4. Conflict or tension is palpable. The easiest culture problem for a leader or a whole leadership team to overlook is a dark, heavy feeling in the air. Nobody talks about it because they are afraid to bring up the topic “Why is it so hard to work here?” No one wants to be the bearer of bad news, but all the employees know that it feels like death to walk into work every day. The solution here is that you will be the truth-teller, and if you’re not willing to do that, don’t take the job! You have an advantage over the managers who got there before you. You were hired to build a healthy culture. That’s what HR Directors do!
  5. Communication only flows down, and not up. 

    A sure sign of an unhealthy culture is communication that flows down rather than up and across. Some companies put out memos and across-the-board email blasts to communicate with their employees, but the executives and managers don’t stop and talk with employees when they run into them. In a healthy company, everybody is always talking. Managers are always asking “What do you think about that? Is it a good idea? How would you do it differently?” They want to hear people’s opinions, no matter what they are. You can instill this kind of communication once you get the job — and you can probe for this kind of pain on your interview.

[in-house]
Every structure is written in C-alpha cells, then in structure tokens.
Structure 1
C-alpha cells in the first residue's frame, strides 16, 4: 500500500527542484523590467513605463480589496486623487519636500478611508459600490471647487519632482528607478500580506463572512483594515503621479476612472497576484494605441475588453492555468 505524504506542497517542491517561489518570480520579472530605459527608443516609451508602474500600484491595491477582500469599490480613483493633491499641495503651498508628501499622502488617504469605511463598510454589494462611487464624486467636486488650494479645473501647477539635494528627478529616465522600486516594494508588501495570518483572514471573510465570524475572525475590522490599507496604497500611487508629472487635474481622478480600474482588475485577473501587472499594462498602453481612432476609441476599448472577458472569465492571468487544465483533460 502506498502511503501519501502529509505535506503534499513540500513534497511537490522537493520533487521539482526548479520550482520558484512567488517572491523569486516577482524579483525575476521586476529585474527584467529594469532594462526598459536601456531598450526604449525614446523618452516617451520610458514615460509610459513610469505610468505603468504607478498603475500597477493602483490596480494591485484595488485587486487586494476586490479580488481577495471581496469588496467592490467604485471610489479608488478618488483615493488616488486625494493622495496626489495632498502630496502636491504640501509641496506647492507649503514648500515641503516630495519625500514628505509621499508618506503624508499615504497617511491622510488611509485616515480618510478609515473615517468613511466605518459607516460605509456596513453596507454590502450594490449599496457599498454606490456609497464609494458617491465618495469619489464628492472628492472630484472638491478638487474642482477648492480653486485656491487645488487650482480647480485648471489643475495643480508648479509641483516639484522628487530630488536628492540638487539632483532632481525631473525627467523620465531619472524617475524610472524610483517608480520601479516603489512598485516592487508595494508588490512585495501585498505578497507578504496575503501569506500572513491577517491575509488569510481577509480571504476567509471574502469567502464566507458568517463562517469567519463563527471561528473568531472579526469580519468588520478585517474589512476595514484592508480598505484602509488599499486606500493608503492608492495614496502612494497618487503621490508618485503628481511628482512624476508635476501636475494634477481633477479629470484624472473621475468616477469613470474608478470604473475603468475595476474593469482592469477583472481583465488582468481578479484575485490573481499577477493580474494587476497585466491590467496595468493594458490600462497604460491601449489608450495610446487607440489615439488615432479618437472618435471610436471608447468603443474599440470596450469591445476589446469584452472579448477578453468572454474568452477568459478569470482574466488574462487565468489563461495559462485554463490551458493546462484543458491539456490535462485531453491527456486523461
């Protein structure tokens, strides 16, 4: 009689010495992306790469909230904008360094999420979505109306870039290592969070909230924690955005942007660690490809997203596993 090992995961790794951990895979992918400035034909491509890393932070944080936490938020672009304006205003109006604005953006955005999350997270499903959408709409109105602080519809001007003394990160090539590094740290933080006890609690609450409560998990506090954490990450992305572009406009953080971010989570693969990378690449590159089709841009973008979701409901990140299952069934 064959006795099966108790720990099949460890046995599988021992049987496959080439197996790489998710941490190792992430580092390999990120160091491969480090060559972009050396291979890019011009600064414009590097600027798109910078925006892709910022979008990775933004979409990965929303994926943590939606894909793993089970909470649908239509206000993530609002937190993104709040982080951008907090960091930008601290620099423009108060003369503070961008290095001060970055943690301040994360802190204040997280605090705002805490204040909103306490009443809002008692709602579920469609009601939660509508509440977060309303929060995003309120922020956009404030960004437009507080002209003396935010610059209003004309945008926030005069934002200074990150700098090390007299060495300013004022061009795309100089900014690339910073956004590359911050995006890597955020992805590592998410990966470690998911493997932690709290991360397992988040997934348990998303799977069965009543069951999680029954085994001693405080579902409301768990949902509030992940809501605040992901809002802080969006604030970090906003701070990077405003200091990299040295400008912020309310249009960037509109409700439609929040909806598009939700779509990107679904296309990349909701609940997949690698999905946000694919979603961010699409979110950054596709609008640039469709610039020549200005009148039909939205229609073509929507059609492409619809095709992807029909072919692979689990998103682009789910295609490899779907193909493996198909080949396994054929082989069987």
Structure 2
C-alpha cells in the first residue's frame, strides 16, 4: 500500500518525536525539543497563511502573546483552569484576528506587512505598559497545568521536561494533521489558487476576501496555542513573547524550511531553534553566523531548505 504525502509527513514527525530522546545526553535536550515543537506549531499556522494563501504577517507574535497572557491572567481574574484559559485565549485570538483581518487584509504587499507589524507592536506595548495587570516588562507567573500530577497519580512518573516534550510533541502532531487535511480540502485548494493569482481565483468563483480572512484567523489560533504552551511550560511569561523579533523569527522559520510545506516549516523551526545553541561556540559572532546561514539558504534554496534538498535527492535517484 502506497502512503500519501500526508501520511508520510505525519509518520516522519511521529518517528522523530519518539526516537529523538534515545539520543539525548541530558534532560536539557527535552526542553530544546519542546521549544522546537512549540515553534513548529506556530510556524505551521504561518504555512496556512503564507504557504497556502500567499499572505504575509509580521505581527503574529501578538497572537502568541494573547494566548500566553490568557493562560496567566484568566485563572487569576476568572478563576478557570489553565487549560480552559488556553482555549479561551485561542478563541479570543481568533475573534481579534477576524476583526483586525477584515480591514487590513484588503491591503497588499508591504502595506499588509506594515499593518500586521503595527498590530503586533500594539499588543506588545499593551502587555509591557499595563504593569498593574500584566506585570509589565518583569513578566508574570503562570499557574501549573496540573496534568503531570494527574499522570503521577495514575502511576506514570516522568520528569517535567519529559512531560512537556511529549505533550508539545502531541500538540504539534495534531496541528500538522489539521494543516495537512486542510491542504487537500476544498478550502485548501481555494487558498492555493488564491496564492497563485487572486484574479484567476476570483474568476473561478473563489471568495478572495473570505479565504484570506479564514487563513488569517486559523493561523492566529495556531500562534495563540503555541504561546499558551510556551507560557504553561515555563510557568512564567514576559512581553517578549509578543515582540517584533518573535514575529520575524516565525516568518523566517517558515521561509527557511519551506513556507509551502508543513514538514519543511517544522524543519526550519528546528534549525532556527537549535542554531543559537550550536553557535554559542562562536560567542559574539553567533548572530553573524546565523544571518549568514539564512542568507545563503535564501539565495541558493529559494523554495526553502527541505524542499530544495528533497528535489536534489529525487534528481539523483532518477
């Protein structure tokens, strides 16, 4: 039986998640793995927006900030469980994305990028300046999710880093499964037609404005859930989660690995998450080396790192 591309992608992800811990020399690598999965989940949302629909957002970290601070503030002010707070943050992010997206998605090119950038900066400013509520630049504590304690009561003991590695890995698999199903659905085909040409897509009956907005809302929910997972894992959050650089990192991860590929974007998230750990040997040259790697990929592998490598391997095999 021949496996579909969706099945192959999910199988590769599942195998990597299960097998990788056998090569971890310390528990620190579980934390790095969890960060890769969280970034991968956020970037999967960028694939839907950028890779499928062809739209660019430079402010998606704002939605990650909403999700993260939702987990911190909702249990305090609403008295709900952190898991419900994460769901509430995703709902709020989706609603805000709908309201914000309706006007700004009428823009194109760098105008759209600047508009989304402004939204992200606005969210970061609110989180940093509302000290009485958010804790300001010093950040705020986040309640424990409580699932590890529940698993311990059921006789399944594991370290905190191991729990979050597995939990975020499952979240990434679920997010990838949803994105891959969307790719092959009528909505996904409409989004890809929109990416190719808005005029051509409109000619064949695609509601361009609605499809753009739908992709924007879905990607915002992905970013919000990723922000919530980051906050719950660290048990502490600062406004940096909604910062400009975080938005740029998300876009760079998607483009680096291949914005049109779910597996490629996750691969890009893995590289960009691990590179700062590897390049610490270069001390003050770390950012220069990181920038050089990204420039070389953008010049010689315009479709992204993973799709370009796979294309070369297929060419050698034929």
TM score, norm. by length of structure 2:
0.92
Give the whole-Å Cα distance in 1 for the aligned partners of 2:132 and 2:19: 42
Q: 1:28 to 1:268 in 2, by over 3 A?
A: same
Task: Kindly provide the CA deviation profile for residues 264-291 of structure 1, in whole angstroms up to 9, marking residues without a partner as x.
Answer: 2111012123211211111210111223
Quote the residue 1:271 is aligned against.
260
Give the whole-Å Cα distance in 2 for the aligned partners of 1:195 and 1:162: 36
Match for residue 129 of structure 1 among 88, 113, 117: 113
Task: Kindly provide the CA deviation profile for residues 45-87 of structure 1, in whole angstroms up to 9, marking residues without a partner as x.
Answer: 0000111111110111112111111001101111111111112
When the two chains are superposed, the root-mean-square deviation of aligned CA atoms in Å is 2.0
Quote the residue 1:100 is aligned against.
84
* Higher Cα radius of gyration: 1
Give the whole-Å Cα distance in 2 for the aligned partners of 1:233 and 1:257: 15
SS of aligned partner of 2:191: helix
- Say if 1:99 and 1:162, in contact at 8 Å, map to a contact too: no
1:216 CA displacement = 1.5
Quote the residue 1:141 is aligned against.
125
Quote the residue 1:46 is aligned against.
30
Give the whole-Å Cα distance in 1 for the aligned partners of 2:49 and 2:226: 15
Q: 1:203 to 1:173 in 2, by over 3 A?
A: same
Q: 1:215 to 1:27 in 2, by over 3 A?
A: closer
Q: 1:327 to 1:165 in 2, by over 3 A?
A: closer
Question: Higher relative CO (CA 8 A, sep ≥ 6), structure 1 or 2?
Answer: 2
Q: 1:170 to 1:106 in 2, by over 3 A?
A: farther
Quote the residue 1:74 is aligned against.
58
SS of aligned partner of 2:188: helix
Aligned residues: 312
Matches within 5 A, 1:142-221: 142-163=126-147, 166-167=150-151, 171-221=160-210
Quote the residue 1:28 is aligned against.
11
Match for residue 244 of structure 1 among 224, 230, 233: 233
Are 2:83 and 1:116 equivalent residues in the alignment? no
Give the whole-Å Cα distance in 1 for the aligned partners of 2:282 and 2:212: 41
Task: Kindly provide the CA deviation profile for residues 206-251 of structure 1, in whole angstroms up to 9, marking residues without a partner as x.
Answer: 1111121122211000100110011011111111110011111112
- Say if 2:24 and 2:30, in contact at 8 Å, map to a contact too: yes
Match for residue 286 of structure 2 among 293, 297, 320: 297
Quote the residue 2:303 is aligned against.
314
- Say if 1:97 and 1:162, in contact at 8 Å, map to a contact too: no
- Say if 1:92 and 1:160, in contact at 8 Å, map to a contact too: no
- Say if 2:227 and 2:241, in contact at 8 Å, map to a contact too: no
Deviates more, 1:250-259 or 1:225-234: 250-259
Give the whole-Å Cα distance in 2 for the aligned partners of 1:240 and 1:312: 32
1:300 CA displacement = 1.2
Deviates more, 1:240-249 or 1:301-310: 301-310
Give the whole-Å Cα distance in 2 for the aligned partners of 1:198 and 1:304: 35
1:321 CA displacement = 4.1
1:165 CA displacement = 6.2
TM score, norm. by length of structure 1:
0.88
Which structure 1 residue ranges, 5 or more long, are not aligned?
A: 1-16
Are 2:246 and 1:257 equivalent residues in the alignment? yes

You can start your Pain-Spotting conversation by asking your possible next boss “In the midst of all this growth, I’d have to imagine that you sometimes run into communication roadblocks and disturbances in the force. Sometimes it’s absenteeism and other times supervisors aren’t sure how to manage their teams, for instance. Have you been running into these kinds of issues?”

You are becoming a champion at probing for Business Pain and seeing any prospective employer through a cultural lens rather than a break/fix lens. This is a big step in your evolution as an HR Minister of Culture.

Enjoy the journey!

Yours,

Liz

 

This article was written by Liz Ryan from Forbes and was legally licensed through the NewsCred publisher network.